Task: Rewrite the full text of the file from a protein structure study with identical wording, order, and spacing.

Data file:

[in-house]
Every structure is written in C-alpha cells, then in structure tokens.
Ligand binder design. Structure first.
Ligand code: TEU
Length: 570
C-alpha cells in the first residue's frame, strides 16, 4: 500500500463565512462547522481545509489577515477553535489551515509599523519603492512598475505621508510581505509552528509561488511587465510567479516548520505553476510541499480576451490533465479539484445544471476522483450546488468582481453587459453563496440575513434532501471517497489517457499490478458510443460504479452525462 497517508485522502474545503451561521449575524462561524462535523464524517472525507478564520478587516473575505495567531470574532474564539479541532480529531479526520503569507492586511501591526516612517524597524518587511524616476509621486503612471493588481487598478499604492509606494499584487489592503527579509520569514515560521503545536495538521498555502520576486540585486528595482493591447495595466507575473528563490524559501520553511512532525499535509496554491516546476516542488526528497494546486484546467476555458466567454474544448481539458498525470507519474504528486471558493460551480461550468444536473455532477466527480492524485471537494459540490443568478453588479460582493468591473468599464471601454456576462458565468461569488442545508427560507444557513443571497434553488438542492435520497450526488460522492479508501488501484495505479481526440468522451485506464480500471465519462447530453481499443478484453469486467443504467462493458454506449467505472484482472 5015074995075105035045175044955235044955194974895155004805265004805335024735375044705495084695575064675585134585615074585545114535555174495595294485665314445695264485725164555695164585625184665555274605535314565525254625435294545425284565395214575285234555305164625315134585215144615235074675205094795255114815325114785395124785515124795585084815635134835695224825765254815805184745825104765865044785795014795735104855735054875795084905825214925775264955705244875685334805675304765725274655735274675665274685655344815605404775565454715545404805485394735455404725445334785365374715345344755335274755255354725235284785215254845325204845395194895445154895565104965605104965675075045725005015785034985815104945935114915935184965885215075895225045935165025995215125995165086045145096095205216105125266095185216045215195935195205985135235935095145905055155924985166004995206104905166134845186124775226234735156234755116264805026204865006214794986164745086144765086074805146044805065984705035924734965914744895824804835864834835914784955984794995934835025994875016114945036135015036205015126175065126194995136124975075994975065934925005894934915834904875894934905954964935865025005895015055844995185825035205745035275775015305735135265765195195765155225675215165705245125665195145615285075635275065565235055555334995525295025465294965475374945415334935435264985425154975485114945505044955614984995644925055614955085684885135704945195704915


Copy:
[in-house]
Every structure is written in C-alpha cells, then in structure tokens.
Ligand binder design. Structure first.
Ligand code: TEU
Length: 570
C-alpha cells in the first residue's frame, strides 16, 4: 500500500463565512462547522481545509489577515477553535489551515509599523519603492512598475505621508510581505509552528509561488511587465510567479516548520505553476510541499480576451490533465479539484445544471476522483450546488468582481453587459453563496440575513434532501471517497489517457499490478458510443460504479452525462 497517508485522502474545503451561521449575524462561524462535523464524517472525507478564520478587516473575505495567531470574532474564539479541532480529531479526520503569507492586511501591526516612517524597524518587511524616476509621486503612471493588481487598478499604492509606494499584487489592503527579509520569514515560521503545536495538521498555502520576486540585486528595482493591447495595466507575473528563490524559501520553511512532525499535509496554491516546476516542488526528497494546486484546467476555458466567454474544448481539458498525470507519474504528486471558493460551480461550468444536473455532477466527480492524485471537494459540490443568478453588479460582493468591473468599464471601454456576462458565468461569488442545508427560507444557513443571497434553488438542492435520497450526488460522492479508501488501484495505479481526440468522451485506464480500471465519462447530453481499443478484453469486467443504467462493458454506449467505472484482472 5015074995075105035045175044955235044955194974895155004805265004805335024735375044705495084695575064675585134585615074585545114535555174495595294485665314445695264485725164555695164585625184665555274605535314565525254625435294545425284565395214575285234555305164625315134585215144615235074675205094795255114815325114785395124785515124795585084815635134835695224825765254815805184745825104765865044785795014795735104855735054875795084905825214925775264955705244875685334805675304765725274655735274675665274685655344815605404775565454715545404805485394735455404725445334785365374715345344755335274755255354725235284785215254845325204845395194895445154895565104965605104965675075045725005015785034985815104945935114915935184965885215075895225045935165025995215125995165086045145096095205216105125266095185216045215195935195205985135235935095145905055155924985166004995206104905166134845186124775226234735156234755116264805026204865006214794986164745086144765086074805146044805065984705035924734965914744895824804835864834835914784955984794995934835025994875016114945036135015036205015126175065126194995136124975075994975065934925005894934915834904875894934905954964935865025005895015055844995185825035205745035275775015305735135265765195195765155225675215165705245125665195145615285075635275065565235055555334995525295025465294965475374945415334935435264985425154975485114945505044955614984995644925055614955085684885135704945195704915